John Kaiser: Last year, they took another project the Vulcan project, which they had assembled over a fairly long period. Various groups had explored it before. It’s also in southern BC and it has evidence of Sullivan style mineralization zinc-lead-silver and the controversy with this project was where exactly was the Sullivan time horizon within this tilted stratigraphy. They weren’t sure and everybody was puzzled as to why they just couldn’t find Sullivan 2 within this land package. They had to do a geophysical survey, which ended up showing an MT anomaly that is close to surface and near the road. They figured it’s going to be cheap and easy to drill, so it’s potentially low hanging fruit. In April last year, we introduced the Vulcan project and they did drill this target. They killed two birds with one stone, unfortunately, the target turned out to be a gabbro intrusion which for some reason had graphite in it and that made it be a conductor in addition to being magnetic. That was not what they were looking for, but they did get the answer as to where the Sullivan time horizon is located within the stratigraphy and that’s of value to a future explorer who wants to put big bucks into this to find where a Sullivan 2 deposit might be hidden. They’ve farmed that out to a private company which plans to go public with it sometime in the future, however, there’s only geophysics planned for 2021 so we don’t care about that project anymore.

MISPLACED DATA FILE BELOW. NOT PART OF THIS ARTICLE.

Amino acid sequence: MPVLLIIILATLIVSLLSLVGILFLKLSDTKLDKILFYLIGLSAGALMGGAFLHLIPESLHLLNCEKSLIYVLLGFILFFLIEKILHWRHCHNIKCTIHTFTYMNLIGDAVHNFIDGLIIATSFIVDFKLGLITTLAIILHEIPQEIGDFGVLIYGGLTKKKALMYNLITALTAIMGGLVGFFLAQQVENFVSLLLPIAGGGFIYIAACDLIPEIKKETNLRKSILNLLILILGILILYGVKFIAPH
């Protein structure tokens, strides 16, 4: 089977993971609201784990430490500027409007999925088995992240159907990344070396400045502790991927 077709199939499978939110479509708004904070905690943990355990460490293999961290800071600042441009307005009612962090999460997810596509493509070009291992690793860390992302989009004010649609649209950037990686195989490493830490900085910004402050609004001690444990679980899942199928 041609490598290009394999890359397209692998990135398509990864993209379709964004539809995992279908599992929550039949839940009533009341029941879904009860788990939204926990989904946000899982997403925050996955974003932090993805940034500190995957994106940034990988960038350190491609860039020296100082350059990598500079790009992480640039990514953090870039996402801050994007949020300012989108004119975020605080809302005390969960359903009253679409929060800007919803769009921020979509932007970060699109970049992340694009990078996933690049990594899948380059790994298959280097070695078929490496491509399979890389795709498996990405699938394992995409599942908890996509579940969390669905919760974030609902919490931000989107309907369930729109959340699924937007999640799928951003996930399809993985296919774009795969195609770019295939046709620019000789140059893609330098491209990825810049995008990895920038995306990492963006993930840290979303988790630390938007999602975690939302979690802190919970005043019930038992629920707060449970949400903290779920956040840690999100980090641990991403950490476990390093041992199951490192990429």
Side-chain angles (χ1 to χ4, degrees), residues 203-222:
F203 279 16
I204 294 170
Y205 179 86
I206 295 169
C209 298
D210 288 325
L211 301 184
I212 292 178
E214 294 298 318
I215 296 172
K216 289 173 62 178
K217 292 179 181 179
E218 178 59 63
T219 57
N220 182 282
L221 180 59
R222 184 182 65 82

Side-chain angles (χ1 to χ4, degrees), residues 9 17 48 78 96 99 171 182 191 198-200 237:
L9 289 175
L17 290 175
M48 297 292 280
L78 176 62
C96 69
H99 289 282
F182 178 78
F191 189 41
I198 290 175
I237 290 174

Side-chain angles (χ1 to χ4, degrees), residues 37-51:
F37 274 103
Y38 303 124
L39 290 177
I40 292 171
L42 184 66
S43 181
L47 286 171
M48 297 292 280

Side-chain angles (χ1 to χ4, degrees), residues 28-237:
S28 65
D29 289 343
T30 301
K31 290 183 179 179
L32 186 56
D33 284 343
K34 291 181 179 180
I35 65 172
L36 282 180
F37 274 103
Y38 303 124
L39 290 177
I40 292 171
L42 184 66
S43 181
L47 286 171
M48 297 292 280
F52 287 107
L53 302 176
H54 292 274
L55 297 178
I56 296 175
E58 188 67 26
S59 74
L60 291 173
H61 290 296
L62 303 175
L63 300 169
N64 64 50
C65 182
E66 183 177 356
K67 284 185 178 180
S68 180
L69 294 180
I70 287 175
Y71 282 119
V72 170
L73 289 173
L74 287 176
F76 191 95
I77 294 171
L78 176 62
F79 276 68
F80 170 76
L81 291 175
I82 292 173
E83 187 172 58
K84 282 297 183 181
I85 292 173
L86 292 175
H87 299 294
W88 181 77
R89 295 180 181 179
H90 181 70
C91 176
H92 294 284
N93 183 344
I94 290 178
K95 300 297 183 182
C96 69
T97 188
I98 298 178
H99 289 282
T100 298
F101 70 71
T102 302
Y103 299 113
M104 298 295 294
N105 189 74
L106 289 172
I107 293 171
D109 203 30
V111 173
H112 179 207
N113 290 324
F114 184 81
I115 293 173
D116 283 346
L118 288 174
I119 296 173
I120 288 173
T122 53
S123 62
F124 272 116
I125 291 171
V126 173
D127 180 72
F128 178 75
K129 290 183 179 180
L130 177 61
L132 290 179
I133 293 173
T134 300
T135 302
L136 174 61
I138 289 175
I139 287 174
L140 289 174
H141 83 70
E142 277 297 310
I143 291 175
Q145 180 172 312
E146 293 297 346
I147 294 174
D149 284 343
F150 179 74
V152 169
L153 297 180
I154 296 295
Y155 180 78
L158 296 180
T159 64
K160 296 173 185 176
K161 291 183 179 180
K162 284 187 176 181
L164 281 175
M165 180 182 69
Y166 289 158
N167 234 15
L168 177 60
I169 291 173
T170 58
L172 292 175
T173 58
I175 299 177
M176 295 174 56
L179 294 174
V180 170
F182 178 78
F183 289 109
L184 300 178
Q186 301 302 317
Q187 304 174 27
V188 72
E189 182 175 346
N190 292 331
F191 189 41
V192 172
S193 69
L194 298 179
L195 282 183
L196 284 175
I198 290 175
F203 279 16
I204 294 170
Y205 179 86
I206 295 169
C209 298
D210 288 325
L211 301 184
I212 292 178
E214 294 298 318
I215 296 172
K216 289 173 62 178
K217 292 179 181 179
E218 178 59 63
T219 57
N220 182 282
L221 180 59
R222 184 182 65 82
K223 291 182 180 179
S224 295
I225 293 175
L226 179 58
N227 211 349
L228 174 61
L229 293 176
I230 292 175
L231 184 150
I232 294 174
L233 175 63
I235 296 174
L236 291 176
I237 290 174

John Kaiser: They have now a fourth project which they call the Donna project. It’s also in southern British Columbia about 60 kilometers east of Vernon in an area called the Monashee Mountains. It’s an area where in 1871 placer gold was found in the upper reaches of the Kettle River and other creeks in that area, such as Cherry Creek. For the past hundred years, groups have tried to find the lode gold sources for the placer and they haven’t really had any success. They found these smaller zones and the general perception has been that there’s gold in them hills but it’s all smallish zones and in the modern world the size just isn’t there to make up for exploring. But the Donna property, which itself started receiving attention in 1974, has a group of four crown grant claims that were created way back in 1914 and it was mined on a very small scale from 1914 to 1961. They were called the Saint Paul and Morgan Mines. They only dragged 392 tons out of the workings, but they had really interesting grades at 14.4 gram per tonne gold average and 287 gram per ton silver, combined with lead and zinc values. Tim Termuende of Eagle Plains picked up this Donna project the surrounding project in 2016 from from a junior that was involved in Athabasca uranium exploration and wasn’t really interested in pursuing this gold potential. They farmed it out to another junior who rented it for a while but then gave it back last year. The company was very happy to get the Donna project back because the Saint Paul and Morgan claims had been stuck forever in some sort of estate limbo before Eagle Plains was finally able to get a deal to acquire those claims with that hole in the middle that has this high-grade mineralization that’s never been followed. Now, they own it! It’s part of the Donna project. Eagle Plains said we have to do some conceptual drilling underneath these old workings to find out what the geology is like. With this being located in the Quesnellia terrane, which hosts all these great British Columbia porphyry systems, we think that this is the same and we think that deeper down there may be some major systems in this Monashee area. Right now they’re using the term intrusion-related gold system. They think that these various showings that have been nicked here and there are are peripheral aspects of a major system. This program they’re doing is about five to seven holes for 1,500 meters total. That’s small, but they’re funding it with their own nickel and if they get lucky then they might intersect something very exciting. What they’re really looking for is geological context to put together a case that this entire region has potential for big systems at depth. That’s going to require big spending if they can come up with the geological evidence to justify doing so.